‘It’s too confusing for the fans when there are different ranking systems, different logos, different websites, different tournament categories.’
IMAGE: Roger Federer’s comments on the social media were ‘liked’ by both men and women players within minutes. Photograph: Sumaya Hisham/Reuters
Roger Federer called on Wednesday for a merger between the men’s ATP Tour and the WTA, which runs the women’s circuit, as tennis wades through a lengthy coronavirus shutdown with lower-level professionals in deep financial crisis.
The tennis season was suspended in March due to the COVID-19 pandemic and the hiatus will continue at least until mid-July, depriving lower-level players, who depend solely on tournament winnings, of the chance to earn a living.
“Just wondering … am I the only one thinking that now is the time for men’s and women’s tennis to be united and come together as one?” the winner of 20 Grand Slam singles titles said on Twitter.
“I am picturing a merger between the WTA and ATP.
“I am not talking about merging competition on the court, but merging the 2 governing bodies (ATP and WTA) that oversee the men’s and women’s professional tours …”
Tennis enjoys a massive worldwide following but its governance remains fractious with as many as seven associations running different parts the game.
Besides the ATP and the WTA Tours, the sport is also controlled by the International Tennis Federation and the boards of the four Grand Slam tournaments.
“It’s too confusing for the fans when there are different ranking systems, different logos, different websites, different tournament categories,” the 38-year-old Swiss continued.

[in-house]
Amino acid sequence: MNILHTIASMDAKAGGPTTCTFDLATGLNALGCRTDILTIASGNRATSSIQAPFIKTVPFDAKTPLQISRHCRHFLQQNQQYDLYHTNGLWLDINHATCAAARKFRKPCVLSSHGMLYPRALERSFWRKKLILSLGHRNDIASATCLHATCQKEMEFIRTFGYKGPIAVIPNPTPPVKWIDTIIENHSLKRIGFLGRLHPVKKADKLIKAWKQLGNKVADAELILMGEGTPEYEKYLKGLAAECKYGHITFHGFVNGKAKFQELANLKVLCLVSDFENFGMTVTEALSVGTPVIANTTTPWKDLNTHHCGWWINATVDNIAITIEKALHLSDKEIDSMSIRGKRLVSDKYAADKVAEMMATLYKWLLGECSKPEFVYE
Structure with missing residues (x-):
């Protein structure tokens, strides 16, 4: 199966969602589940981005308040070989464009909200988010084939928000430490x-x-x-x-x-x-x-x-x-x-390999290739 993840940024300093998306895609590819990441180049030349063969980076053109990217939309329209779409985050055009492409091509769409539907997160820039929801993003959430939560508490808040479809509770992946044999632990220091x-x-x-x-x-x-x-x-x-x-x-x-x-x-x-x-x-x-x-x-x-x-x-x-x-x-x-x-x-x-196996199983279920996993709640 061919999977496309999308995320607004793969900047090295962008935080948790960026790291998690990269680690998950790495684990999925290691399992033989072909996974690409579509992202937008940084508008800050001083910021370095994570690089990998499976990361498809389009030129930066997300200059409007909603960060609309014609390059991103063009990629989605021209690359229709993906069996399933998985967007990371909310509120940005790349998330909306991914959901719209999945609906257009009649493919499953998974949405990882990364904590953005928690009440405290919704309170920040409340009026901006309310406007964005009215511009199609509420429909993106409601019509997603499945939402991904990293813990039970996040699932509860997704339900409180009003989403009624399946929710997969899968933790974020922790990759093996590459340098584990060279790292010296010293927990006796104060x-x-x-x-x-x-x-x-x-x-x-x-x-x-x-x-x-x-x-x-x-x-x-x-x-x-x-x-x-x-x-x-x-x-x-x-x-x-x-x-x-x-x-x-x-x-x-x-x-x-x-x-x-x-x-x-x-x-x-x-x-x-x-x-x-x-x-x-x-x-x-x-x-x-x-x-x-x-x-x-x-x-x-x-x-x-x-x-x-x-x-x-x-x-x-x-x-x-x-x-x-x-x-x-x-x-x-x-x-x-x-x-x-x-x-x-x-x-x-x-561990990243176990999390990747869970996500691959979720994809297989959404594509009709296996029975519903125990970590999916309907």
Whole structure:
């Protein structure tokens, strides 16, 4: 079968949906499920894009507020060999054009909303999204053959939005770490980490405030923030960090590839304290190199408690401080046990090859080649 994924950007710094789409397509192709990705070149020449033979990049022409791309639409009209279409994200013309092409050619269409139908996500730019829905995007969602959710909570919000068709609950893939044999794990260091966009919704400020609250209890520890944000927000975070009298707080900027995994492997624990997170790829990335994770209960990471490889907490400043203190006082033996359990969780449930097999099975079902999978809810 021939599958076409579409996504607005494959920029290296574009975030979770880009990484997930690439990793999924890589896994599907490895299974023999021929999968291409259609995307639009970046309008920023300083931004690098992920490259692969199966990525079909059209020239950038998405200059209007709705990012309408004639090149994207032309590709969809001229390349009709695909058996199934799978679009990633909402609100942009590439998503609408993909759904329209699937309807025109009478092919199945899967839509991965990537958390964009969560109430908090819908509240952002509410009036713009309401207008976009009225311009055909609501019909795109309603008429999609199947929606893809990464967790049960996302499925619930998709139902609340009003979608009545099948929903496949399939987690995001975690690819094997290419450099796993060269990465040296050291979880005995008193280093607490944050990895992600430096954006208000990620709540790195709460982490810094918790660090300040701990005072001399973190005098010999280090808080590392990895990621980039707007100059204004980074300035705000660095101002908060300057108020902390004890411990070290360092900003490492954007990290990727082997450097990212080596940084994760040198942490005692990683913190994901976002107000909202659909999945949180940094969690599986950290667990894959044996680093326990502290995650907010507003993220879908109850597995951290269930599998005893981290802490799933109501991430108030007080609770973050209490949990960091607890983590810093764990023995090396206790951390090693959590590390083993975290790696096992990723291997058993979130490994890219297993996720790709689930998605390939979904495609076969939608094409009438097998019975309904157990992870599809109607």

“It probably should have happened a long time ago, but maybe now is really the time.
“These are tough times in every sport and we can come out of this with 2 weakened bodies or 1 stronger body.”
Federer’s comments on the social media were ‘liked’ by both men and women players within minutes.
“I agree, and have been saying so since the early 1970s. One voice, women and men together, has long been my vision for tennis,” American great Billie Jean King, who created the WTA in 1973, said on Twitter.
“The WTA on its own was always Plan B. I’m glad we are on the same page. Let’s make it happen.”
While tennis is a lucrative sport for those at the top, those in the lower echelons often struggle to make ends meet and with no signs of when the sport can resume again, they face a bleak future.
The ATP Tour, the WTA, along with the ITF and organisers of the four Grand Slams, have in recent weeks joined forces to create a relief fund to help the lower-level players affected by the shutdown.
Novak Djokovic, the head of the ATP player council, said he feared many in the lower tier will give up the sport and called on fellow professionals to help them.
ATP Chairman Andrea Gaudenzi recently said it was extremely important that his organisation works closely with its women’s counterparts.
“The most difficult (part), is actually to align the stakeholders,” the Italian, formerly a top-20 singles player, said in an ATP podcast.
“Players and tournaments currently, in the past, have been spending most of their time trying to solve internal conflicts. That is where most of the time, energy and resources were spent, while in reality, our competition lays outside.
“We compete with other sports, we compete with other entertainment platforms. We need to invest in technology and we need to work more closely with the other organisations, specifically the WTA, the ITF and the other Grand Slams …”
The WTA did not immediately respond to a request for comment.